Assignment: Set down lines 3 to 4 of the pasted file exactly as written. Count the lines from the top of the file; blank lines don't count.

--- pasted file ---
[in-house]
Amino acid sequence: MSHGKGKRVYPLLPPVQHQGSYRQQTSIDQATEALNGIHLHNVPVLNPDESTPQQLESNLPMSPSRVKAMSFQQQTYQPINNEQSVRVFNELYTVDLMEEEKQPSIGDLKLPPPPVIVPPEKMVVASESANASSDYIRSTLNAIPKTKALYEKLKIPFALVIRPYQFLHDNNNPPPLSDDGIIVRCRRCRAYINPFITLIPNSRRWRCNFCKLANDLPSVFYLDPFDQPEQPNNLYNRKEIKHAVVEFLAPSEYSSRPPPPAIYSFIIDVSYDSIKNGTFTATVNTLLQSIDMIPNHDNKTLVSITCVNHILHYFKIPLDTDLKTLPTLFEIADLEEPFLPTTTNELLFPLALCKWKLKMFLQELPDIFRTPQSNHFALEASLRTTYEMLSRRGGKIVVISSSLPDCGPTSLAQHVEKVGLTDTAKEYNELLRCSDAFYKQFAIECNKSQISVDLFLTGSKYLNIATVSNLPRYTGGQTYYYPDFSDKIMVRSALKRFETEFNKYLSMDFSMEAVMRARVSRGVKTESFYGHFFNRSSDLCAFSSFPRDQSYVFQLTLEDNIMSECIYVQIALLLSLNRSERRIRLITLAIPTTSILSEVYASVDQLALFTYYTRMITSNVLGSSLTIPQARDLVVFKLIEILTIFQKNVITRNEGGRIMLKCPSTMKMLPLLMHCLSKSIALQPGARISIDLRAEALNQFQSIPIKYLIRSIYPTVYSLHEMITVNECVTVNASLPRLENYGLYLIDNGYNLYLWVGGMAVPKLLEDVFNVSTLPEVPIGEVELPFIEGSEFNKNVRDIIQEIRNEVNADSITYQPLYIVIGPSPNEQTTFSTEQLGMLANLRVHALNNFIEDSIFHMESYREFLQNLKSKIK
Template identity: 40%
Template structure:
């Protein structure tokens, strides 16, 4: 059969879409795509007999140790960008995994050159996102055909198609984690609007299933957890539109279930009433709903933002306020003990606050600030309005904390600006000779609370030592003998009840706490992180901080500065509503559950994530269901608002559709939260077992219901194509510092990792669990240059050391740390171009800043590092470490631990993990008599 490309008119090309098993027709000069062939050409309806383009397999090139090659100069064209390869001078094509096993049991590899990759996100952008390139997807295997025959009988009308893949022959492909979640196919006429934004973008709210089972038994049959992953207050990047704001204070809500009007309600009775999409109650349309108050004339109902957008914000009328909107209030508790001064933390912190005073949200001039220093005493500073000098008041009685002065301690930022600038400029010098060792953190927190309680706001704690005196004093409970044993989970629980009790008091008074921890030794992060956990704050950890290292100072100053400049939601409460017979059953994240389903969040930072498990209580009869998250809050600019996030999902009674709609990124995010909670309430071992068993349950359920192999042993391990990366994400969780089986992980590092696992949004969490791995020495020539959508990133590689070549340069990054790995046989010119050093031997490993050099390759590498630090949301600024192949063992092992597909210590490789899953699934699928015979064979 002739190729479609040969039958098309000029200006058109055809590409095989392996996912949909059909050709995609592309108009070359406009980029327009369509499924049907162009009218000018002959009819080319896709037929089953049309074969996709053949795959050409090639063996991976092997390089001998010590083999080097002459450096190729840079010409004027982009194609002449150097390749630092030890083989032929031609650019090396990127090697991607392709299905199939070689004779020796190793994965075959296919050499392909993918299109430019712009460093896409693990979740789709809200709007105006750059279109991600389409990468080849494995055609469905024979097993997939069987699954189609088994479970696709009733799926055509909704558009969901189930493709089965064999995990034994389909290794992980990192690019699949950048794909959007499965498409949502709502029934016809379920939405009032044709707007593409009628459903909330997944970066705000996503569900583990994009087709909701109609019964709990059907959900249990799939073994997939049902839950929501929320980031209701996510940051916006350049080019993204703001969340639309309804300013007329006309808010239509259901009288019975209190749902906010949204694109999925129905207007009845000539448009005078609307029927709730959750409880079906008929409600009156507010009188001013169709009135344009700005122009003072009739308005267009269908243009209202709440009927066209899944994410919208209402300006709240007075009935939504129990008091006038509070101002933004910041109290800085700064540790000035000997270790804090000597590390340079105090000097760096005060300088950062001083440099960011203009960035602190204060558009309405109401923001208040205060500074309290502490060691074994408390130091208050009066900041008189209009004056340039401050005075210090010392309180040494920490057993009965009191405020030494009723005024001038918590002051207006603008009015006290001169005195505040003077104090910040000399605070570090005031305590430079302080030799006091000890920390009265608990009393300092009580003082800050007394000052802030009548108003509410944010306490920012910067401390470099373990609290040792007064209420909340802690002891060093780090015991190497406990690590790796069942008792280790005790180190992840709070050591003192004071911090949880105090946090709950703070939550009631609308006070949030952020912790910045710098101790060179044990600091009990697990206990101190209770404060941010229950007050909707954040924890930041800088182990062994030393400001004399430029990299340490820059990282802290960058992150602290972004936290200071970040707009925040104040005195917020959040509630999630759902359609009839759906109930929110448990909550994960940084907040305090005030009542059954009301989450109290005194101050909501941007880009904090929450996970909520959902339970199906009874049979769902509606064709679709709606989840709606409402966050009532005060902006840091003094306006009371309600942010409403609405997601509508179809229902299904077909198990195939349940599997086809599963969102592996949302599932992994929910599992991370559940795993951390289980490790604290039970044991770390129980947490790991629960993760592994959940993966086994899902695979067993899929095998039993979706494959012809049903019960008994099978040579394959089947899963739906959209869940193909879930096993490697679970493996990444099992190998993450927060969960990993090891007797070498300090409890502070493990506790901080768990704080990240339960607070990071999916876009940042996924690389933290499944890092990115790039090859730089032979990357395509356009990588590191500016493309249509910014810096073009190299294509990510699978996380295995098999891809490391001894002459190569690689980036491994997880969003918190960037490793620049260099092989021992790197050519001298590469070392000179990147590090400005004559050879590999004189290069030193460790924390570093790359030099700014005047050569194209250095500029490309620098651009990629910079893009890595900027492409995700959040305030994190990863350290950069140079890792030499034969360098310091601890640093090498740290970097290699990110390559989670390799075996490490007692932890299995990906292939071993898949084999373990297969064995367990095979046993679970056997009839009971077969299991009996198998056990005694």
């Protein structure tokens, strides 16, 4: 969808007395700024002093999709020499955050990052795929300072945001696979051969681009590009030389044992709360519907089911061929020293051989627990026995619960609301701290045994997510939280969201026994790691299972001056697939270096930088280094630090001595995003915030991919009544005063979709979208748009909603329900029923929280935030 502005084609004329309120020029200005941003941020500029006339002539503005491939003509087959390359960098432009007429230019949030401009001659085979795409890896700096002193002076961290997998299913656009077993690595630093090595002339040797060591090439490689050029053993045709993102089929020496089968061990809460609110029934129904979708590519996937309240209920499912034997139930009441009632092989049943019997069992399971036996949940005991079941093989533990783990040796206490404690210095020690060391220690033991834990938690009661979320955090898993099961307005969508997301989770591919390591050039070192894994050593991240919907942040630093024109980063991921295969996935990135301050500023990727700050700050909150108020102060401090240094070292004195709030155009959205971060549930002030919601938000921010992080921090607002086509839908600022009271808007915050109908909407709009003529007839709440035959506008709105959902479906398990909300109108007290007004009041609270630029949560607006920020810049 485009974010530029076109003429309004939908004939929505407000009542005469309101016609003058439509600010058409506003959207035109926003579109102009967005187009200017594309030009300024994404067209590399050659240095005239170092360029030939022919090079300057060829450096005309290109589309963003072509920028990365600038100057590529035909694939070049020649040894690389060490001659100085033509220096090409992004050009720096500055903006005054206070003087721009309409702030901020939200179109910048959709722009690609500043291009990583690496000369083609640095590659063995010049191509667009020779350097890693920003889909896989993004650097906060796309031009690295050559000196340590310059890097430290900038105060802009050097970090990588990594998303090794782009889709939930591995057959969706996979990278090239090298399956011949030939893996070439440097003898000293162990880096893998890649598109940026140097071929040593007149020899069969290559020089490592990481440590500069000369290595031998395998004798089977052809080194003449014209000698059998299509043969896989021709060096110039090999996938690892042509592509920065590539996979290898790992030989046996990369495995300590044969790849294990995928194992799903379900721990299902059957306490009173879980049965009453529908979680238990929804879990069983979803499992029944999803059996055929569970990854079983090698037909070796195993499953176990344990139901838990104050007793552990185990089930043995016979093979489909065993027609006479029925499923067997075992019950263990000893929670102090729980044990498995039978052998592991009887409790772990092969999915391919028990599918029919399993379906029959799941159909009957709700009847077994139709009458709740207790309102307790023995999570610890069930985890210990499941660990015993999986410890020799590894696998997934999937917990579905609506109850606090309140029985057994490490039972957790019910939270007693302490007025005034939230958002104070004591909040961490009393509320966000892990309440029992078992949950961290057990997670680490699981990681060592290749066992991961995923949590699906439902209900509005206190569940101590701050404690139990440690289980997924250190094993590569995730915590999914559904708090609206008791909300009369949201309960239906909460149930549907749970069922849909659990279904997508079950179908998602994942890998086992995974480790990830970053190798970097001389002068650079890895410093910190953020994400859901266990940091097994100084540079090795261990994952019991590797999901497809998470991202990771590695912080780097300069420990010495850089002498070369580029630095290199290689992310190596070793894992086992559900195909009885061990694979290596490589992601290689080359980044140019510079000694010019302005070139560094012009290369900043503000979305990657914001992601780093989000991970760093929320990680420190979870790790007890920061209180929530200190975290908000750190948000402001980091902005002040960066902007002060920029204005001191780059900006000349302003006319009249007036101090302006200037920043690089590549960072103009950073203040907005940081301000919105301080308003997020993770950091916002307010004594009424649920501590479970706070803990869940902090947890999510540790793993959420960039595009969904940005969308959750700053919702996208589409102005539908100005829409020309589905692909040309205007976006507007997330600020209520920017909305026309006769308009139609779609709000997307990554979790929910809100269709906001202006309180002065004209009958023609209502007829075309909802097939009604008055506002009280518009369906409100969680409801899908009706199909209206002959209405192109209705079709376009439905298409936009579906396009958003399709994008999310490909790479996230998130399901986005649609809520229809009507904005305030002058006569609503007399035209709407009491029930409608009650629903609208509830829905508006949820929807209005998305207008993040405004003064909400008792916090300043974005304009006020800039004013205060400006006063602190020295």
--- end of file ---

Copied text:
Template identity: 40%
Template structure: